Alisha Puri

Solicitor

Biography

I am a solicitor based in Irwin Mitchell’s London office, having joined the firm in August 2016. I practice within the Medical Negligence team.

I studied Law at the Queen Mary, University of London before completing the Legal Practice Course at the College of Law. I qualified as a solicitor in 2010, specialising solely in medical negligence.

I always make sure I am accessible to my clients. I understand the process of making a clinical negligence claim can be very daunting and stressful so I try to take that stress away by ensuring that my clients understand every stage of the claim and are updated regularly.

I focus on securing rehabilitation and resources as soon as possible for my clients where interim funding is available. My role is to ensure I achieve the best possible outcome for my clients.

What inspired you to get into law?

I decided to enter the legal profession because I believe in fighting for justice. Specialising in medical negligence enables me to get the best of both worlds as I am passionate about medicine and the law.

What is the most rewarding aspect of your role?

The ability to make a difference to a person's life and help obtain the compensation they deserve.

What do you like about working at Irwin Mitchell?

Irwin Mitchell is the leading medical negligence firm in the country. We have such a large team with extensive experience which means we can share our knowledge to work together to secure the best outcome for our clients. We have the resources and expertise to give our clients an excellent service.

What do you do away from the office?

I love to travel when I am not working. My aim is to visit as many countries as possible. I also enjoy good food and dining out with friends and family. Additionally I am a Manchester United fan and enjoy watching football matches at Old Trafford.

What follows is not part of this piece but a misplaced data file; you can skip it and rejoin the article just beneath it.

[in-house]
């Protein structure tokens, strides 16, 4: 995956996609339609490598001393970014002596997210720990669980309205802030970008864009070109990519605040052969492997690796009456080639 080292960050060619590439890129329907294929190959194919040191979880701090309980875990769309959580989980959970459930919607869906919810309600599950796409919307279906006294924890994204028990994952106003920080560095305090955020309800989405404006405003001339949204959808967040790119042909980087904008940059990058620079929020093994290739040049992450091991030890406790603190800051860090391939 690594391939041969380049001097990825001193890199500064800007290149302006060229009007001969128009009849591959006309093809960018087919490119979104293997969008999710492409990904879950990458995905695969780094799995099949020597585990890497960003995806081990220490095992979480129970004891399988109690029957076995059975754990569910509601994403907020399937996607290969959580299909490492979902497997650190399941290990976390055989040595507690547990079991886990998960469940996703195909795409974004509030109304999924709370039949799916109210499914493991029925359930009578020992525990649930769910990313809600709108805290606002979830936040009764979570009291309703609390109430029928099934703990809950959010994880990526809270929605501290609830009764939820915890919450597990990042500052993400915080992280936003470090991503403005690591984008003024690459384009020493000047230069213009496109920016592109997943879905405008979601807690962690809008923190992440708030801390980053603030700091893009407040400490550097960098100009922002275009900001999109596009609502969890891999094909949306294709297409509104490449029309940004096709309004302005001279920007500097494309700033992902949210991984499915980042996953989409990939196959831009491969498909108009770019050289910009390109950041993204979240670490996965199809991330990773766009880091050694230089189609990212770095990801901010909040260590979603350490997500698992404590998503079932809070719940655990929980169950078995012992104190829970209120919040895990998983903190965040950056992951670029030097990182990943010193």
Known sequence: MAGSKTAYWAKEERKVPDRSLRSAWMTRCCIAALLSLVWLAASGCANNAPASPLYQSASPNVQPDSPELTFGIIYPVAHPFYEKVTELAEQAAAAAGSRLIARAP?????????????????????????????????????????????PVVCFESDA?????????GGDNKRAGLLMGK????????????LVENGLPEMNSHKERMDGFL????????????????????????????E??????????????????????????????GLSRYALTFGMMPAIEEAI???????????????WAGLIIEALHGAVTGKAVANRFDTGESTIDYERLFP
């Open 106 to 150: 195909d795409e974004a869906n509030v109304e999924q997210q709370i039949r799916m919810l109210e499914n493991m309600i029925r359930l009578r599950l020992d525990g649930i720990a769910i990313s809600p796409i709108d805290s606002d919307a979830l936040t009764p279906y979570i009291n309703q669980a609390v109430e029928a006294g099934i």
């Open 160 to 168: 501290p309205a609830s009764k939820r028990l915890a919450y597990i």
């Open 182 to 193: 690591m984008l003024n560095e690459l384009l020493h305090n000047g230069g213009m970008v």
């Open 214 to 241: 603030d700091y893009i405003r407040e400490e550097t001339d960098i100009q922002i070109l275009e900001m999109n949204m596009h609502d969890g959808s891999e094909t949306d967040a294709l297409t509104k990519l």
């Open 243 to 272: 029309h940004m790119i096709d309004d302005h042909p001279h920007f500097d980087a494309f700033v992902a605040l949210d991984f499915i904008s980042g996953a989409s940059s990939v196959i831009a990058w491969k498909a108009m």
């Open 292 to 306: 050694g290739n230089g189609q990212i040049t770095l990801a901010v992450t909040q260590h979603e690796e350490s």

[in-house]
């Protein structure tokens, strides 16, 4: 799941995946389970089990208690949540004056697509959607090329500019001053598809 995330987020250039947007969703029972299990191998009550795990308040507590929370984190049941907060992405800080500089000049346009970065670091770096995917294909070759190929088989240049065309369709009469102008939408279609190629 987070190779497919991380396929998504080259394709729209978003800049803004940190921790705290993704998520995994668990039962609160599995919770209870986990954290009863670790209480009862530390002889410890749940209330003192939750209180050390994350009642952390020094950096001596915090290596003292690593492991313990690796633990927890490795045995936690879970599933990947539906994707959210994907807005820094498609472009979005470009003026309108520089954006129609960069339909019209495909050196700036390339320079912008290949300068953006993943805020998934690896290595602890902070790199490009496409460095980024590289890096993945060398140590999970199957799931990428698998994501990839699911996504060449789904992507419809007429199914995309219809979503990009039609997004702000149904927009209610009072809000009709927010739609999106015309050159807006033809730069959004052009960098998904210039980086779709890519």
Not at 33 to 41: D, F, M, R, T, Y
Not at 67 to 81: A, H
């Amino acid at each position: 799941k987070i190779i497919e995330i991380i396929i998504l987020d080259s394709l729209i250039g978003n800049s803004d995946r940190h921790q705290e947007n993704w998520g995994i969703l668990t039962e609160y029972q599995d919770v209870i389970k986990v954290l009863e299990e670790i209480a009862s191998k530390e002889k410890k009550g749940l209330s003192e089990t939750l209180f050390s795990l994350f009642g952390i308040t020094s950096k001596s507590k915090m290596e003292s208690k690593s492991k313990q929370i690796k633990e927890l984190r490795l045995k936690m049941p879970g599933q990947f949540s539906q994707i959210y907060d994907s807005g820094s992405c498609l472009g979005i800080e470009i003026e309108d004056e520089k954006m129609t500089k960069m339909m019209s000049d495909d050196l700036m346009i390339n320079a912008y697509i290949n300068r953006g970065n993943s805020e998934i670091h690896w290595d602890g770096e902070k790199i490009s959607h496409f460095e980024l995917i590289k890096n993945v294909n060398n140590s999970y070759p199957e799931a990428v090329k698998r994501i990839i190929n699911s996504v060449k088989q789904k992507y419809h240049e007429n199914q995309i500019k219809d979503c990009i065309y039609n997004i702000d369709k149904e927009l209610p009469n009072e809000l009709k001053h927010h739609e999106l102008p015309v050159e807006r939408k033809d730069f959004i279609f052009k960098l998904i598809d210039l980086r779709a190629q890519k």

Read My Comments On The Latest News

  • 21/10/2016
    Inquest Concludes Mum-Of-Three Killed By Train After Absconding From Hospital Was Failed By Trust

    “This has been an incredibly difficult time for Deborah’s family who had many unanswered questions regarding the care she received in the hours before her tragic death. “The conclusion of neglect clearly shows that the level of care Deborah received was totally unacceptable. “Now that lessons from Deborah’s death have been identified, we hope Oxford University Hospitals NHS Trust will address failings to prevent similar tragedies."

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  • 14/10/2016
    Husband Of Woman Who Died In Overcrowded And Understaffed London Hospital After Staff Missed Signs Of Sepsis Hopes Lessons Are Learned From Her Death

    “Sepsis is a devastating condition which affects 150,000 people every year in the UK, resulting in 44,000 deaths. This number of people dying from sepsis in the UK is extremely troubling as the condition can be treated by a course of antibiotics if diagnosed quickly. “In our work we have seen numerous cases where the symptoms of sepsis have not been spotted or where patients have not been started on treatment soon enough, which have a devastating impact on the family and friends of those who have lost their lives. “We hope today’s findings will mean lessons can be learned so no one else suffers as Cheryl did. “We are continuing to support Jonathan as we examine the coroner’s report and advise him on the next steps available to him.”

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